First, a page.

Masters of Anima Review - The Shape of Stone

Masters of Anima

Mixing several genres together into one game is a herculean task, but it can often pay out in a big way. In other cases, it can become a train wreck pretty quickly. Masters of Anima is a game that mixes RPG elements with real-time strategy in a way that will have you thinking about games like Pikmin or Overlord.

This mash-up has worked well in the past, but does this game handle such a mixture as well, or does its rock golem Guardians collapse under the weight of it all? Read on to find out!

A Simple, But Interesting Tale

Masters of Anima has an intriguing setup that plays before you start a new game. In this world, humanity once waged a terrible war with stone Golems. A goddess took pity on humanity and taught them how to harness Anima to fight back.

These people were the first Shapers who could harness Anima to construct their own stone soldiers called Guardians. Fast forward to the present, and the threat has been dealt with and locked inside of a mountain.

You play as Otto, a young apprentice who is about to become a Shaper himself. His fiancé, Ana, is a powerful Shaper herself, so she’s pressuring him to take it seriously. Things quickly get out of hand when a fellow Shaper, Zahra, goes rogue and sunders the soul of Ana, which divides it into pieces he can use to fulfill his grand scheme.

The story has an interesting setup, but from there it’s all pretty standard adventure fare. Otto himself is likable enough, but the villain comes across as a very cartoonish character that’s hard to take seriously.

I story with this kind of setup has potential to really dive into some interesting concepts like the nature of life, the soul, and the motivations of its villain. Masters of Anima doesn’t concern itself with lofty themes, instead, the story takes a backseat for the most part.

It’s a fun and engaging tale, but I would have liked to see more done with the premise.

Creative and Chaotic Gameplay

Masters of Anima

As a Shaper Otto doesn’t do a lot of damage in combat. You can attack enemies, but your primary function will be summoning Guardians to fight for you in battle. As you progress through the game, you’ll gain access to five different types in total.

At the beginning, you have fighters and archers to choose from. Summoning them is simple enough, and switching between them is easy. When combat starts, however, these golems begin to show cracks in their skin.

For starters, there’s a constant reticle in front of you that rotates with your character. This is where you can command your Guardians to go or attack. It works, but it feels clunky when you’re trying to make a precise command. The ability to move it independently would have been welcome.

You can send Guardians out one at a time, or all at once, which is fine. The problem is that it’s difficult to accurately place them as a result of the fixed reticle. While somewhat clunky, it works well for the most part. You can send Guardians to attack, push blocks or destroy obstacles.

Summoning them requires Anima, which you can find in the game’s environment. You do get a Guardian that can drain it from enemies, but it’s not very fast. Since your Guardians can be killed pretty easily, even with upgrades, you may find yourself running out of Anima in a fight.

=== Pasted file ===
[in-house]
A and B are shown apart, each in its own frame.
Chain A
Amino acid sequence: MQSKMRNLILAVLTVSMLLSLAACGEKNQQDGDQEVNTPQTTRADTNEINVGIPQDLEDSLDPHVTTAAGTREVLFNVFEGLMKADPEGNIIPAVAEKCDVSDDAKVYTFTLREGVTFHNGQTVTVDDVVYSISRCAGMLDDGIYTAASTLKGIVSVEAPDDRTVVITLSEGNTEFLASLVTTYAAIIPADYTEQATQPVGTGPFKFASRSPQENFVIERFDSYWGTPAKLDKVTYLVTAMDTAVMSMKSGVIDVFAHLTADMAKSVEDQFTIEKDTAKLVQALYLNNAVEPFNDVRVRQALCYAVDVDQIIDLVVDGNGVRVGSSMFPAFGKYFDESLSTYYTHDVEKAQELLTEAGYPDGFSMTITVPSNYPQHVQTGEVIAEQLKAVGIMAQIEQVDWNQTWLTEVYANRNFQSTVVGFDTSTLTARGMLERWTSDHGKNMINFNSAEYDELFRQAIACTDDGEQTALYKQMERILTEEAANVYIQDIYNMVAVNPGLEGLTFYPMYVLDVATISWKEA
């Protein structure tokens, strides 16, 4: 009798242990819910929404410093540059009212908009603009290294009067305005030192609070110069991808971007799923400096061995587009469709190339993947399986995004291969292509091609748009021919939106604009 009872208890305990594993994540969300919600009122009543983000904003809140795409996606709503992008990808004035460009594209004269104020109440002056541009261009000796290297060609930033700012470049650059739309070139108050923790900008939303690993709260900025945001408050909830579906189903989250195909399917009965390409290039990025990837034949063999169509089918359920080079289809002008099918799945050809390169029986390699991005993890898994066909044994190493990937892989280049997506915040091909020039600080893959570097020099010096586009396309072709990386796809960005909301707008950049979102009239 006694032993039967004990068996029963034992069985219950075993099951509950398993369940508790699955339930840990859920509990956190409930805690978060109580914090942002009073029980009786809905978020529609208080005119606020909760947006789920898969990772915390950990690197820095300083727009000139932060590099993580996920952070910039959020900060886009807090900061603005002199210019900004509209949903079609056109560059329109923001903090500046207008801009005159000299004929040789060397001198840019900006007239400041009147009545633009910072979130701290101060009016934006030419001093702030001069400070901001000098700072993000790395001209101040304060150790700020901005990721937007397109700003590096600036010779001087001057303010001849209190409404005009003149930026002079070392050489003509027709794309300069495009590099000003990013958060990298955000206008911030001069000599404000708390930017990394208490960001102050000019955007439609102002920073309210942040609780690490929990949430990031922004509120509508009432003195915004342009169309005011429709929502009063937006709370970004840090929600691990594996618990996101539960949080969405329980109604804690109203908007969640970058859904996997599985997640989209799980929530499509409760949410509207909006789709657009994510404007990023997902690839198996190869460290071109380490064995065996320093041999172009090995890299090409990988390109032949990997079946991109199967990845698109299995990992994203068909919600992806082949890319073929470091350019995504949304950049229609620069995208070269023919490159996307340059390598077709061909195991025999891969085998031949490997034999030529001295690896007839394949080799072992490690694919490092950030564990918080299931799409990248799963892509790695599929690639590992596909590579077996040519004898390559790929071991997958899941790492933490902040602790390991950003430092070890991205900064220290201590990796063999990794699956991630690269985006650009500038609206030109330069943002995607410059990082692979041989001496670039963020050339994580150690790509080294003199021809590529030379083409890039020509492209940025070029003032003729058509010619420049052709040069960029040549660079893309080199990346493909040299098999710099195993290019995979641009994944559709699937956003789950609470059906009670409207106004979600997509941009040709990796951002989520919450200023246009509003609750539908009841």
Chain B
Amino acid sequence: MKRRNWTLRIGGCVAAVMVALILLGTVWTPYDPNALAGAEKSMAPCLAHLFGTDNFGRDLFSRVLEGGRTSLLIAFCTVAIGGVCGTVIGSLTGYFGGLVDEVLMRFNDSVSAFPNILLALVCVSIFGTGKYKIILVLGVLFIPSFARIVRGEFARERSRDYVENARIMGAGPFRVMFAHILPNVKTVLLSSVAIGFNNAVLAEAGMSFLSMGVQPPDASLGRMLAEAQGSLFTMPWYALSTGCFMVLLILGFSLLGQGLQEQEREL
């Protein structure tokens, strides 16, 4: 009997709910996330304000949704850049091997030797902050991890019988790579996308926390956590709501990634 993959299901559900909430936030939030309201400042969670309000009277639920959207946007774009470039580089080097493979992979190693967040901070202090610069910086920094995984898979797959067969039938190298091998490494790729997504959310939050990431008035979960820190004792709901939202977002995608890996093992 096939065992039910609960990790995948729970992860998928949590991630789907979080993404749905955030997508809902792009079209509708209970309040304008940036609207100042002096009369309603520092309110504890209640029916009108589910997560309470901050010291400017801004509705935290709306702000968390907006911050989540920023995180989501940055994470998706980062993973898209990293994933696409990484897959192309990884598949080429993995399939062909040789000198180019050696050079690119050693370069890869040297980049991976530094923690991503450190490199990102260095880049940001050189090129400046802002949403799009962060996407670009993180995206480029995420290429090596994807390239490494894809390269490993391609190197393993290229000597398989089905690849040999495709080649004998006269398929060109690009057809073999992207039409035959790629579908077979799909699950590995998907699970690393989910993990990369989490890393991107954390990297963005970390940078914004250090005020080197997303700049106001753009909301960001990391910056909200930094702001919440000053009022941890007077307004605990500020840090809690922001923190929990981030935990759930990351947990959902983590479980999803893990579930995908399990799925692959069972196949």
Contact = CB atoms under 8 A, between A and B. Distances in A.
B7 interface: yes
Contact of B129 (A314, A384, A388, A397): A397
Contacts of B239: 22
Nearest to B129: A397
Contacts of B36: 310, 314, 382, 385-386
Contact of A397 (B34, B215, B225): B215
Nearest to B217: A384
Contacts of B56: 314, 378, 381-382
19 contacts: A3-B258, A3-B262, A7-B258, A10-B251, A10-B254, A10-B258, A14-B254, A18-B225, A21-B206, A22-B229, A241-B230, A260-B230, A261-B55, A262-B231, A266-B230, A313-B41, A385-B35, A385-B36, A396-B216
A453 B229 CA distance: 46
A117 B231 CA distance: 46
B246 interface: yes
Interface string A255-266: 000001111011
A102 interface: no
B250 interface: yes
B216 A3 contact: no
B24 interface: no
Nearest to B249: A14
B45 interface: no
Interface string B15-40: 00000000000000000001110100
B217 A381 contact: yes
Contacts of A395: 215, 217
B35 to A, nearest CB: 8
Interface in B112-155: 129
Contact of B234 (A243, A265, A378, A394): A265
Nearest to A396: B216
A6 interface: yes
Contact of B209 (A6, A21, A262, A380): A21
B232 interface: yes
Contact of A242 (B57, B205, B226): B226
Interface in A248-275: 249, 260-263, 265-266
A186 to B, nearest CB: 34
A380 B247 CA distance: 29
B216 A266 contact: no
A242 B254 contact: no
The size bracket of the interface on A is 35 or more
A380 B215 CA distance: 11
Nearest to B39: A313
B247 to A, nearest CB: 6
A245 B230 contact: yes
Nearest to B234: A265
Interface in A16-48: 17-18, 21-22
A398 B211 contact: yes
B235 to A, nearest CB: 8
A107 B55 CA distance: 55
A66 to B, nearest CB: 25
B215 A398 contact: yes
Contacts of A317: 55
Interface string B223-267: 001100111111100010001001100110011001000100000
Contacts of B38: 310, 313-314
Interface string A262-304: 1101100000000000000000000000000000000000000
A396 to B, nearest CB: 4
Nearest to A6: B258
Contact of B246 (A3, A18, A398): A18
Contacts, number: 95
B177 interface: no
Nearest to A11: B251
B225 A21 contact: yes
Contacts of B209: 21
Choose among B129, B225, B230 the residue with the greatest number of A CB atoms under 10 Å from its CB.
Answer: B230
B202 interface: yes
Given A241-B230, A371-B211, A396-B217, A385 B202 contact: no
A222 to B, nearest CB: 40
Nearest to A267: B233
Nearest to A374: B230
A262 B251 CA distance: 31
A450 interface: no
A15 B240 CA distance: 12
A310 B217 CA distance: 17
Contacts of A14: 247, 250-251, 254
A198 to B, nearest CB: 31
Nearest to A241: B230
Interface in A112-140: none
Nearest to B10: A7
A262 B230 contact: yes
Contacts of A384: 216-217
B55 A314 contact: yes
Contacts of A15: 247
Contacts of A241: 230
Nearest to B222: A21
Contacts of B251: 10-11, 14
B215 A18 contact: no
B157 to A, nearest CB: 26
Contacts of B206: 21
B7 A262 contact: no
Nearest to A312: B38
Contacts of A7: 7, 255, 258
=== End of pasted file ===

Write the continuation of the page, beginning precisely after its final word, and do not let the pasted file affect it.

At this point, there’s not much you can do. Otto himself is practically powerless to defeat enemies on his own, so I often ended up getting killed fairly quickly if I was unable to summon any additional Guardians.

The Guardians themselves will follow your commands to the letter, but they’re not very bright beyond that. They won’t flee when an attack is incoming, and they won’t heal themselves. This results in frantic retreats when a Golem begins to charge their attack.

Too often, the Guardians won’t flee fast enough, or they get clogged together in a pack and end up being killed. While this is frustrating, it’s made worse by the slightly clunky reticle system, and the fragility of the Guardians themselves.

It’s possible to select specific Guardians, but the cursor that expands to select them is far too slow to use consistently in combat. Otto can buff his units with certain abilities, but again, these don’t make a reasonable difference in combat.

All of this is further exacerbated by a rage meter that drains on enemies in combat. They have huge amounts of health, and if this meter runs out before you kill them, they gain even more power and attack more frequently.

Levels are very long, and upgrades can only be purchased between them. Furthermore, checkpoints are few and far between. There are some puzzles that break up the combat, but they don’t require a lot of thinking to overcome.

Masters of Anima is a really good idea, but the execution falls short. These small problems build up to create some pretty frustrating combat experiences that would otherwise be very fun. Better command controls, more powerful Guardians, and a buff to Otto’s power would all go a long way towards making it feel balanced.

Colorful and Exciting Presentation

Masters of Anima

Masters of Anima is a beautiful game to behold. The simple and smooth art style combines a touch of detail to everything, while also offering bursts of color. The voice acting is also solid, with a great performance from Otto himself.

Ultimately, Masters of Anima is a very good idea held back by some shortcomings in the balance, controls, and story. While the overall experience could have been better, there’s denying the foundation here is rock solid.

Final Score: 7.5/10

A copy of Master of Anima was provided to PS4 Experts for review purposes

Article by - Bradley Ramsey
Insert date - 5/19/18

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